the instantaneous back-flow curve was obtained and the
relation between the back-flow and the natural heart
Presented partly at the IEEE Conference on Biomedical Engineering and
informatics. May 2008, Shanghai, China.
K. X. Qian / Natural Science 1 (2009) 173-175
SciRes Copyright © 2009 Openly accessible at http://www.scirp.org/journal/HEALTH/
Figure 1. Schematic drawing of aortic valvo-pump (upper).
1. Motor coil; 2.Rotor magnets; 3. Cylinder; 4.Outlet vane.
Lower exhibites a 23 mm aortic axial valvo-pump without
impeller (alternated by a cylinder 3 in Figure 1 upper).
ejection and filling imitated by a locally made pulsatile
centrifugal pump was investigated.
The back-flow value was found to be increased along
with the increasing air-gap of the pump and with the
increasing pressure head crossing the device according to
Figures 3-5 The back-flow rate by air-gap 0,3mm is not
appeared in the Figures, because in this case the rotor
vibrated and the measuring became inaccurate. The motor
vibration was due to the bearing-less structure of the
device, the rotor was supported merely by hydraulic force
of the fluid in the gap between the rotor and the stator, it
was not large enough to prevent the rotor vibration in case
of 0,30mm gap between the rotor and stator.
Figure 3 exhibited the back-flow increased from 0,2l/
min to ca. 1,0 l/min when pressure head between outlet and
inlet of the pump increased from 30mmHg to 120mmHg, in
case the gap between the rotor and the stator was 0,20 mm,
at the rotating speed of 15,000 rpm; while the back-flow was
very small if the gap was 0,10 mm, because the re sistance
of the flow was quite large in this case.
Figures 4-5 demonstrated the back-flow at the rotating-
speed of 17,500rpm and 20,000 rpm respectively. There is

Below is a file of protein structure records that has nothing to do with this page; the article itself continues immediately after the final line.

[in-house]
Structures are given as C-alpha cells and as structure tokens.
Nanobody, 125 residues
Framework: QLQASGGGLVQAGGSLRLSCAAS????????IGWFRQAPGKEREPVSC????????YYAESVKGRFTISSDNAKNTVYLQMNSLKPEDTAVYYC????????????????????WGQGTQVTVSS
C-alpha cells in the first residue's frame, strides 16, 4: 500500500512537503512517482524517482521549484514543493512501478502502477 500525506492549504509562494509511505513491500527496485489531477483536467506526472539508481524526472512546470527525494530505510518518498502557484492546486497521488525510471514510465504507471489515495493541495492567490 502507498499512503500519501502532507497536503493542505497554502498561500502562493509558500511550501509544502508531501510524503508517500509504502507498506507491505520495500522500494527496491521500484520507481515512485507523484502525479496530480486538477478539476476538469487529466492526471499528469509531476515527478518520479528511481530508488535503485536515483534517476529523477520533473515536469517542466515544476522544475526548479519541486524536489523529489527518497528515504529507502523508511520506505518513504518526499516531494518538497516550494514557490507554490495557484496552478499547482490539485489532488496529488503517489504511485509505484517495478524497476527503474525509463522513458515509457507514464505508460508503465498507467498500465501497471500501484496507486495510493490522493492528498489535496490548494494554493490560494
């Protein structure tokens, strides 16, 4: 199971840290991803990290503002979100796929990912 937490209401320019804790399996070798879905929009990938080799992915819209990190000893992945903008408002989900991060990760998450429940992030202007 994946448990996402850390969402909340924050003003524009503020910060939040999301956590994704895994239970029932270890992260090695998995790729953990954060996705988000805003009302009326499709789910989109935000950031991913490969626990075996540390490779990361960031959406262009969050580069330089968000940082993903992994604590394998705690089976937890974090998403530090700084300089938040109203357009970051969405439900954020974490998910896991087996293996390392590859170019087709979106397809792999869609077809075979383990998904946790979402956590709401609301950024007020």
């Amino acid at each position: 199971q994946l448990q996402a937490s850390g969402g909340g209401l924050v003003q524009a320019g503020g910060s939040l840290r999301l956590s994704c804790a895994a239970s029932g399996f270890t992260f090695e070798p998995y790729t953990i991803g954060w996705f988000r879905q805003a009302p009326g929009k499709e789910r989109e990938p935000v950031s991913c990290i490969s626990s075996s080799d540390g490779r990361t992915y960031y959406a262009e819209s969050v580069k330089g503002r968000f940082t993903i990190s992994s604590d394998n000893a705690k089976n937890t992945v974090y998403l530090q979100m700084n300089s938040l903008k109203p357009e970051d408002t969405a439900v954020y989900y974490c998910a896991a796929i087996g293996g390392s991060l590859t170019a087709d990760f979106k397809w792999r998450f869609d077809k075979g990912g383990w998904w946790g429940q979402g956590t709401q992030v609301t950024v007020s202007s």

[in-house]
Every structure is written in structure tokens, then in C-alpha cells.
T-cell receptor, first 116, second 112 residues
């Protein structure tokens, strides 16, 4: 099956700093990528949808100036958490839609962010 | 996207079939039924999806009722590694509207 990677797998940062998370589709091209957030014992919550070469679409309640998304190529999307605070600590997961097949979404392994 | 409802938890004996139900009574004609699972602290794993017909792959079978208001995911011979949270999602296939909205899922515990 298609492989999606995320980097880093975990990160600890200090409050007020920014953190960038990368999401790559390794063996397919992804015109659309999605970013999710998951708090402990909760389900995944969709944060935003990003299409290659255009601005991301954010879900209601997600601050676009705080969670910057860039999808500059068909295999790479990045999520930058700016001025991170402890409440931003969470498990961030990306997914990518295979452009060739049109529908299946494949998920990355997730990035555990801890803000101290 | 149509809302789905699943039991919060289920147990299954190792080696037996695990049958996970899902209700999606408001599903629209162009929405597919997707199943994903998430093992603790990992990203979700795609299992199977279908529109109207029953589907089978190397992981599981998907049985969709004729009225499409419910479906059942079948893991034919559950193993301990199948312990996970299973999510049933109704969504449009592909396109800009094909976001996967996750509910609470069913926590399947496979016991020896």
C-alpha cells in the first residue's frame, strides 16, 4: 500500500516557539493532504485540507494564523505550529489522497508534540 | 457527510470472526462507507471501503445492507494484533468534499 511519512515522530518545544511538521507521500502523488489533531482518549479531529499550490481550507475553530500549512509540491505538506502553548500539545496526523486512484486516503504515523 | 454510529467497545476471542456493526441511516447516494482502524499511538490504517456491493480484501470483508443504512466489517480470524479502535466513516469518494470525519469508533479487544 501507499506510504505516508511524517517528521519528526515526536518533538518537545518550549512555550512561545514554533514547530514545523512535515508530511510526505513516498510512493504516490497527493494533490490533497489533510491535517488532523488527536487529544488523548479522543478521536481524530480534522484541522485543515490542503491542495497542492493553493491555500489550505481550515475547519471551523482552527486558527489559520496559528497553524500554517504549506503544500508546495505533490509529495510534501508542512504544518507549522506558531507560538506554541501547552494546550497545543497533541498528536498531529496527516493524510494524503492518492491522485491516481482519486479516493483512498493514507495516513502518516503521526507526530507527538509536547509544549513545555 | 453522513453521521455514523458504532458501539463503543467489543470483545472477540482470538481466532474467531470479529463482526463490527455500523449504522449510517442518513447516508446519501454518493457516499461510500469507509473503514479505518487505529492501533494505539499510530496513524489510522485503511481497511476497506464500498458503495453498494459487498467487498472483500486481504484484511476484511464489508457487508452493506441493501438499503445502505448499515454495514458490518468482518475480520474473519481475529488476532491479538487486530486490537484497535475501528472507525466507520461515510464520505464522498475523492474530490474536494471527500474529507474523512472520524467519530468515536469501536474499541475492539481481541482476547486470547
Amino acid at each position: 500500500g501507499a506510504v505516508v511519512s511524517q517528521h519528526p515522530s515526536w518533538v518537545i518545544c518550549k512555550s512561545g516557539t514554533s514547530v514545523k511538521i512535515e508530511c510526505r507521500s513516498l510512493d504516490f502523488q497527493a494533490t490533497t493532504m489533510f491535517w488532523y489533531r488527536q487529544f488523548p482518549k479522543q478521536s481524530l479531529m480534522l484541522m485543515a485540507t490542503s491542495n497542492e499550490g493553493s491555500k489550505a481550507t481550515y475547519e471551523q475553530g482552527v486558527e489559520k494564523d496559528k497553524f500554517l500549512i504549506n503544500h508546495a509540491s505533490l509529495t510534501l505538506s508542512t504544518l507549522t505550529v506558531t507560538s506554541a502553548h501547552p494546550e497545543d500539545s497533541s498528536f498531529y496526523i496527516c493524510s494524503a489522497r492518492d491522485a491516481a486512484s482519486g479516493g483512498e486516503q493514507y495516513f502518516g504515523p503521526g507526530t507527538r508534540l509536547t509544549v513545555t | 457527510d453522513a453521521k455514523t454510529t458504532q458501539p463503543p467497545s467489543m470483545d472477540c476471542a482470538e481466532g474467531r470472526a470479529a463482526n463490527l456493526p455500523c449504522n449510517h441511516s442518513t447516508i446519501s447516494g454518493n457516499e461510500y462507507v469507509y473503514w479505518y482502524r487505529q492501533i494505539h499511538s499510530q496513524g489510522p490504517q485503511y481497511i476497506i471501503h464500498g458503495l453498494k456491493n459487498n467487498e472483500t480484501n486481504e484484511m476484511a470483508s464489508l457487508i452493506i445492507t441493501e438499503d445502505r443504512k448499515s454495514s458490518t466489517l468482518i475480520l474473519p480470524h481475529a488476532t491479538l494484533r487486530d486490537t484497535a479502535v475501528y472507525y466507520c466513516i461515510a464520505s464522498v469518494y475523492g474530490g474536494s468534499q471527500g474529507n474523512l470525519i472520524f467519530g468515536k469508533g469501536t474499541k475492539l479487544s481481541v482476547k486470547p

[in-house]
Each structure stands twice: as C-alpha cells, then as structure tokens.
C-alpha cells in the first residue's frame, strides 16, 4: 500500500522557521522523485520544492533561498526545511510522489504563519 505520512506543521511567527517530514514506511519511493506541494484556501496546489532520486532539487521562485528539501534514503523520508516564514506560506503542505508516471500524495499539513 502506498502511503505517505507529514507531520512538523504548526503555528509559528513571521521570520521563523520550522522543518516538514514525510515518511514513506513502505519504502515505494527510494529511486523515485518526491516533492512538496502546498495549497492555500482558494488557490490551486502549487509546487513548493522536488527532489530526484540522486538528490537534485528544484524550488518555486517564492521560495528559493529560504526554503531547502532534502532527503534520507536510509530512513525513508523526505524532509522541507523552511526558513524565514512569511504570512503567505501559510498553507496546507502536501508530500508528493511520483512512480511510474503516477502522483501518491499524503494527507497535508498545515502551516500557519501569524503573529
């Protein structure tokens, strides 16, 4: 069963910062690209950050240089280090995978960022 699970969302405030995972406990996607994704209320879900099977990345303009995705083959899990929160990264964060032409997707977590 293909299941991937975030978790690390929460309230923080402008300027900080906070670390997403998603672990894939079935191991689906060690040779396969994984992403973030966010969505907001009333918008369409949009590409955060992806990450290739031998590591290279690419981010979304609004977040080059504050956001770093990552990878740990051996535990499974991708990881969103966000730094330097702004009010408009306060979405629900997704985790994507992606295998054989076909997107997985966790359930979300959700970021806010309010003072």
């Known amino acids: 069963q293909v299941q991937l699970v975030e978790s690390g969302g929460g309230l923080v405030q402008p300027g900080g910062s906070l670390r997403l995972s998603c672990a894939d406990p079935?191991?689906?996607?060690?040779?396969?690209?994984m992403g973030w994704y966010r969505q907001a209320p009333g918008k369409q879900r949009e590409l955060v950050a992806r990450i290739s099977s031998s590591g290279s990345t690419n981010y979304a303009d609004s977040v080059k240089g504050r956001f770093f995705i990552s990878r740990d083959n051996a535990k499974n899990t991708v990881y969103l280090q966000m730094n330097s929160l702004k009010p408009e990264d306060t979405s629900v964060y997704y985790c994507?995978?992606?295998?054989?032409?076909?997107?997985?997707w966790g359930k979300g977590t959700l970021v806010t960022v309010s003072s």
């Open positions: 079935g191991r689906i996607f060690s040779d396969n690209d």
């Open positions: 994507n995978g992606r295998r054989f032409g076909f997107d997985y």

Figure 2. Illustration of measuring back-flow of aortic valvo-
pump. 1. Aortic valvo-pump without impeller(alternated by a cy-
linder); 2. Manometers; 3. Flow meter; 4. Locally made pulatile
Figure 3. Back-flow rate of aortic valvo-pump with 0,1 and
0,2mm air gap and 30-120mmHg pressure head at rotating speed
of 15,000 rpm.
Figure 4. Back-flow r ate of aortic valvo-pump with 0,1 and 0,2
mm air gap and 30-110mmHg pressure head at rotating speed of
almost no difference among Figures 3-5, indicated ro-
tating speed has no significant effect on back-flow of the
K. X. Qian / HEALTH 1 (2009) 173-175
SciRes Copyright © 2009 Openly accessible at http://www.scirp.org/journal/HEALTH/
Figure 5. Back-flow rate of aortic valvo-pump with 0,1 and
0,2mm air gap and 30-110mmHg pressure head at rotating speed
Figure 6. Instantaneous back-flow curve of aortic valvo-pump
indicates that the back-flow has a high rate(ca,0,9l/min) during
diastole while it is very low(0,4l/min) during systole of the
Figure 6 recorded the instantaneous back-flow curve
of aortic valvo-pump, indicated that the back-flow has a
high rate (ca,0,9l/min) during diastole while it is very low
(0,4l/min) during systole of the natural heart, imitated by
a locally made centrifugal pump.
4. DISCUSSIONS AND CONCLUSIONS
An approach for measuring the regurgitation of an aortic
valvo-pump was presented, and the back-flow of the
author’s valvo-pump was measured. It was found that the
back-flow was affected by the air-gap between the rotor
and the stator, and by the pressure difference between the
outlet and the inlet of valvo-pump; while the rotating
speed of the pump had no effect on pump back-flow.
Larger air-gap or/and higher pressure head resulted in a
bigger back-flow of the valvo-pump. By 0,20mm air-gap
and 100mmHg pressure difference the back-flow reached
0,8l/min. Regurgitation of valvo-pump may reduce the
pump out-flow thus should be limited but can wash out
the blood contacting surfaces both in the motor and in the
pump, thereby can improve the antithrombogenicity of
the device; the former is particularly important for a mini axial
pump and the latter is extremely difficult for closed impeller.